The hunt will limit the bear population from spreading further downstate and cut incidents like the 28 times bears broke into homes this year(as of Nov. 1), the 20 attempted breaks, the killing of 19 livestock, attacking dogs and even biting someone. Bears broke into 55 homes in 2002, the year before the last bear hunt. Some hunters enjoyed our bear season that had to be won in court, as usual.

"The whole experience was awesome," said Bill Weir, 40, of Lake Hopatcong, who shot his first bear at 3:15 p.m. Monday afternoon about two miles from home. "I didn't have a chance to get 'buck fever'. As soon as I saw his right shoulder when he came out of the swamp about 40 yards away I fired one shot, he ran about 30 yards and dropped."

Bill knew the area, his trail camera had taken pictures of bears at night, and Monday morning he had seen bear tracks heading into the swamp. He was less than 200 yards off Route 15, a highway whose traffic takes a toll of crossing bears.

"There are bear problems all over, but I wanted to hunt my own town, provide this service for the community," said Bill, who regularly attends the meetings of the Sussex County Federation of Sportsmen's Clubs.

After he killed the bear, the "fun" began, the hard work of getting the carc [no swearing please] out of the woods to the Flat Brook checking station and then to the butcher's. Anyone who's bagged a bear can tell you it's not easy getting it to the road. Bill and three other guys used his ice-fishing toboggan to slide the bear out. McHugh said Monday that one bear was taken out of the woods by putting it in a flat-bottom jon boat.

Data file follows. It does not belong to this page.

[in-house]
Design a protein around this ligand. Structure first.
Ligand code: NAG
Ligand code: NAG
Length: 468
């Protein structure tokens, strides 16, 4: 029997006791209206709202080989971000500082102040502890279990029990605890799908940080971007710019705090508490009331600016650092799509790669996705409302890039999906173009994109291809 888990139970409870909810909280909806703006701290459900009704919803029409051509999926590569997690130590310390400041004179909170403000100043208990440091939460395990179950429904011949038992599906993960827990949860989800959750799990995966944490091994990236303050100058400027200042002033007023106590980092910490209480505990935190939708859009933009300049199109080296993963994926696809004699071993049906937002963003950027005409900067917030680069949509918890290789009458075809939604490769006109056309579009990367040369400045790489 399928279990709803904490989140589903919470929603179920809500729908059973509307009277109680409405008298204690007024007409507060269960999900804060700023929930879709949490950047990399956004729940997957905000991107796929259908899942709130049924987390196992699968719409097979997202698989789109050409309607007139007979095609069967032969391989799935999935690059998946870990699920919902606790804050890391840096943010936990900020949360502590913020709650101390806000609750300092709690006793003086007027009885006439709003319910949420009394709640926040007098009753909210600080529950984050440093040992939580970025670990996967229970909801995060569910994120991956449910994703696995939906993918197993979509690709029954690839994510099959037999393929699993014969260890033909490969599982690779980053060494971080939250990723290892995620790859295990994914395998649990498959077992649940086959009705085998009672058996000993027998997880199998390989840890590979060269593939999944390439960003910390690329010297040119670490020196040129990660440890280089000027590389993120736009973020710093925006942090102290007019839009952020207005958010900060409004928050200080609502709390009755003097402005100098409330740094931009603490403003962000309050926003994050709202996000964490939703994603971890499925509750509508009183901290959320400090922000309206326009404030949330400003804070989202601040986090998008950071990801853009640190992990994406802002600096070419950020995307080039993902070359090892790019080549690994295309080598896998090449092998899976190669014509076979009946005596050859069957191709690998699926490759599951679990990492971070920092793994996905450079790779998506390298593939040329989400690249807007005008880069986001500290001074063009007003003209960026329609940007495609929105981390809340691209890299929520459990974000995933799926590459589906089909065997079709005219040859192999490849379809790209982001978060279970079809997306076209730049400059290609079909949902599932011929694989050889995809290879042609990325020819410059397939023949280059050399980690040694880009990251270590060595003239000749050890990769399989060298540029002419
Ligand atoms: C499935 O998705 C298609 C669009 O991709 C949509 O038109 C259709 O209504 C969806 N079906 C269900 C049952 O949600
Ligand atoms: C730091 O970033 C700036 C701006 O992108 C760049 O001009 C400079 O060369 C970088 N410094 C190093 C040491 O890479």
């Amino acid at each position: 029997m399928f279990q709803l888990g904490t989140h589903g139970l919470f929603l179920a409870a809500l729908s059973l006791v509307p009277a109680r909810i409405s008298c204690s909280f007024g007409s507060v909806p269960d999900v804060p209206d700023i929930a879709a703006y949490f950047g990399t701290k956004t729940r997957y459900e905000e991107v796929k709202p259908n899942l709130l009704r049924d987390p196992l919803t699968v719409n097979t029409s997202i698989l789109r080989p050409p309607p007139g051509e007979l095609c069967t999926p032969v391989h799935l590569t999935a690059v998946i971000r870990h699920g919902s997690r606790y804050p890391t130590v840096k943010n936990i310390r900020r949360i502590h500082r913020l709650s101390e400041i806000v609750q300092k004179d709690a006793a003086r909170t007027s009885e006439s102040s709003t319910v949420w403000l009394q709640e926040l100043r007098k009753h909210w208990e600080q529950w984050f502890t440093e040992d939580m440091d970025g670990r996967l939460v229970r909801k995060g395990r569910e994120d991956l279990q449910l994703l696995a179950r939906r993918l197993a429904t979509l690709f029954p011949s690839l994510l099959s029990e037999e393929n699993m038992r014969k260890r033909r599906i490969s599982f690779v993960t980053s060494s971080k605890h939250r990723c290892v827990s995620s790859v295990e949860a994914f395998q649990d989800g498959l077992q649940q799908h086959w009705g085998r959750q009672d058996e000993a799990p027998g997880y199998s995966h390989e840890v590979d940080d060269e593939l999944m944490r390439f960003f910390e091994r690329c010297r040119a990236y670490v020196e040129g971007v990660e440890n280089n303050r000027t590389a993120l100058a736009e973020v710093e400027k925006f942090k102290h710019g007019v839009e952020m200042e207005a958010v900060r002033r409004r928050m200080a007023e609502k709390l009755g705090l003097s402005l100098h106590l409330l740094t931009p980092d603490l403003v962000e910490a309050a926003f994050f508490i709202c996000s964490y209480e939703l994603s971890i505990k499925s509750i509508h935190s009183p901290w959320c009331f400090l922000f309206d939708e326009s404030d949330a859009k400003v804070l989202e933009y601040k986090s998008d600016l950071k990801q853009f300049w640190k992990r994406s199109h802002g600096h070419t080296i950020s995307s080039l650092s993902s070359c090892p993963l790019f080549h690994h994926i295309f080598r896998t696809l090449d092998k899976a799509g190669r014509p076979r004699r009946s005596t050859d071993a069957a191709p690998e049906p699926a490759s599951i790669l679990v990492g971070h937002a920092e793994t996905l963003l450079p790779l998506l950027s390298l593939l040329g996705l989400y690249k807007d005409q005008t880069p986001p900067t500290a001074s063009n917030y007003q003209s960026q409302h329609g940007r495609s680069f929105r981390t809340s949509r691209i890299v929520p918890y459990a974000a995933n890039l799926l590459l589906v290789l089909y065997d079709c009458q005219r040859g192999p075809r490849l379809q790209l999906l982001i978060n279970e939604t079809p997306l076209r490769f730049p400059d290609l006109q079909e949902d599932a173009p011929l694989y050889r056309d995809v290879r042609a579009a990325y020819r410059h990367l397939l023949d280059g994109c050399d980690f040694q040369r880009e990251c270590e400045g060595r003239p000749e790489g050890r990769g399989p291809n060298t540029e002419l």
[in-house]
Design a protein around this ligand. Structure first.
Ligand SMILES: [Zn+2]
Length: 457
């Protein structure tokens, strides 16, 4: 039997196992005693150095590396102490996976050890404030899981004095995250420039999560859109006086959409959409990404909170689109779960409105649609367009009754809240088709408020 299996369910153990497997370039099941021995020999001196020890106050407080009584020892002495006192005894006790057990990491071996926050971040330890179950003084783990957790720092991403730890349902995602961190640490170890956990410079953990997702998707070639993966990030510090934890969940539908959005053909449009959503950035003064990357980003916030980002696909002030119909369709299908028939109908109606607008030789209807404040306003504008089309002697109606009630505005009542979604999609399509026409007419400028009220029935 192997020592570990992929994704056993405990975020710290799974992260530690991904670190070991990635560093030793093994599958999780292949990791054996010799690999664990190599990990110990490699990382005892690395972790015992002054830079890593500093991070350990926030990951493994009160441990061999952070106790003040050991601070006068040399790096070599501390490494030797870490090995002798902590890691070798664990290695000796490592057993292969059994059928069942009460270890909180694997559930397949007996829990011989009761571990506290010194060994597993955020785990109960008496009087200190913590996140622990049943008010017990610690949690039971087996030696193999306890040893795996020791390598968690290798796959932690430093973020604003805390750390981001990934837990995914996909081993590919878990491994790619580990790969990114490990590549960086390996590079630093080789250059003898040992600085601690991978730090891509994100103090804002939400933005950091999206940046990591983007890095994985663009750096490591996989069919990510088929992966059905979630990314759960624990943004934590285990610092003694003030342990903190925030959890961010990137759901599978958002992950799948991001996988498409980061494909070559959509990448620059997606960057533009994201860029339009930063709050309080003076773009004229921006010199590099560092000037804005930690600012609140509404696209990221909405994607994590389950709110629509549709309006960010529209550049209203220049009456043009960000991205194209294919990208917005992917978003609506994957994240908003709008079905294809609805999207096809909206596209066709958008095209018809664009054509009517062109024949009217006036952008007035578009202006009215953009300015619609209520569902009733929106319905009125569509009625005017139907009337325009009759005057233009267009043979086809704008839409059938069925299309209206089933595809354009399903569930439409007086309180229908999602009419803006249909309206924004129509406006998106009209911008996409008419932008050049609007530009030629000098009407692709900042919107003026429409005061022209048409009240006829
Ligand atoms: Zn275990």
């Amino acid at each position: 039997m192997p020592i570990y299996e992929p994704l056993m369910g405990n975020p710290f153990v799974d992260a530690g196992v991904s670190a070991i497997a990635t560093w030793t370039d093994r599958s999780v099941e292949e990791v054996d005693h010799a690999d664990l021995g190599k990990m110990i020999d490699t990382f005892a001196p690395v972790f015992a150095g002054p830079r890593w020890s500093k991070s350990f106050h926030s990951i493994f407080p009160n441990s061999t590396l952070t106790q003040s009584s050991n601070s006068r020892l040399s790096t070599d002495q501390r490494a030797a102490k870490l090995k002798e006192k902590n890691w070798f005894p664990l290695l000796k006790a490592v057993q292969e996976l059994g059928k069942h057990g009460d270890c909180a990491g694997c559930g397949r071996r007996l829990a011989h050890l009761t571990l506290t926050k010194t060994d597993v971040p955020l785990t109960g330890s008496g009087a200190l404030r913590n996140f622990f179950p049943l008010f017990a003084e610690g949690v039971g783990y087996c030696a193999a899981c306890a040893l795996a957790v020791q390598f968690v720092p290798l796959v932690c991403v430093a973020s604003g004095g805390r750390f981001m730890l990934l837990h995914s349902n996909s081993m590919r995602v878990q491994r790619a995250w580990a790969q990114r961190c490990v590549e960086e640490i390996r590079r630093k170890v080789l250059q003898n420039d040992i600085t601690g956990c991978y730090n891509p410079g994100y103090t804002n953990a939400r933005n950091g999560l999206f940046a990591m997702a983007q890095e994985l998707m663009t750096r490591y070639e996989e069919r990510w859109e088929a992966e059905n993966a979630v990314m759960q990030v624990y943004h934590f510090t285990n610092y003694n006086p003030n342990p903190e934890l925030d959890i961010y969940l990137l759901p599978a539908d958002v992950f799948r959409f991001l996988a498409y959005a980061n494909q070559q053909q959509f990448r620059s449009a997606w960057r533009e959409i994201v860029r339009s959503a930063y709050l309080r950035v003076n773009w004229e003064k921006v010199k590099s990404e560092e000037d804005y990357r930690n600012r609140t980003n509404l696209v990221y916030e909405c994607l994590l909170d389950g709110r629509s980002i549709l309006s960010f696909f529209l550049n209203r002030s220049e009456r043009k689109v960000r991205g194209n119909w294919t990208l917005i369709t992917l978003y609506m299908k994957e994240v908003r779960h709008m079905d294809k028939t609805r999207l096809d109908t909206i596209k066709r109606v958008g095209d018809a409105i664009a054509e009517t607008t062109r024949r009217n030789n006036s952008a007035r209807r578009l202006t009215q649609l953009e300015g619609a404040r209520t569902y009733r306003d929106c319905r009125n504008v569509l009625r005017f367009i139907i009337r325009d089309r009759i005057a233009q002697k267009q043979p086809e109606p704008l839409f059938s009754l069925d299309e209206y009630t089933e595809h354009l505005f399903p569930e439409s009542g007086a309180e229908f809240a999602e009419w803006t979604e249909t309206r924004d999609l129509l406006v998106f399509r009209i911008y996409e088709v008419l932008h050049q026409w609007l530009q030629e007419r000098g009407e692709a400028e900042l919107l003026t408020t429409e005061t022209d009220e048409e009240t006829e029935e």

Field-dressing the bear, Bill was surprised to see it had a three-inch layer of fat, which makes the job tougher for the butcher who was to charge at last $150 turning the bruin into sausages and cuts of meat. The bear would have weighed 400 to 430 pounds before field-dressing reduced it to 350 pounds.

There were no problems at Flat Brook(checking station), nobody demonstrating, said Bill, who saw a 500-pound bear that was weighed in was an old one with "teeth worn down to nubs." The biggest first-day field-dressed bear weighed 603 pounds at Flat Brook, weighed an estimated 725 before. It as taken by a Newton hunter. Photos of it spread out and facing a pickup's tailgate, plus other bears, are on the newjerseyhunter.com website. Click on "New Jersey Hunting," then "go," then "bear" and scroll.

The state's 70,000 deer hunters, despite the snow that helped for opening day, harvested only 1,919, down from the 2,148 killed on last year's weather-hampered opening day of the six-day season. Looks like our total kill for the week may be down. Muzzleloaders get their shot at deer again, starting tomorrow. A tv reporter at the Whittingham Wildlife Management Area bear check station yesterday said he saw three rack bucks walking in the no-hunting zone.

Being on hard water may not yet be the safest place to be, but ice fishermen have been inching onto some ponds and lake coves.
Photos of it spread out and facing a pickup's tailgate, plus other bears, are on the newjerseyhunter.com website. Click on "New Jersey Hunting," then "go," then "bear" and scroll.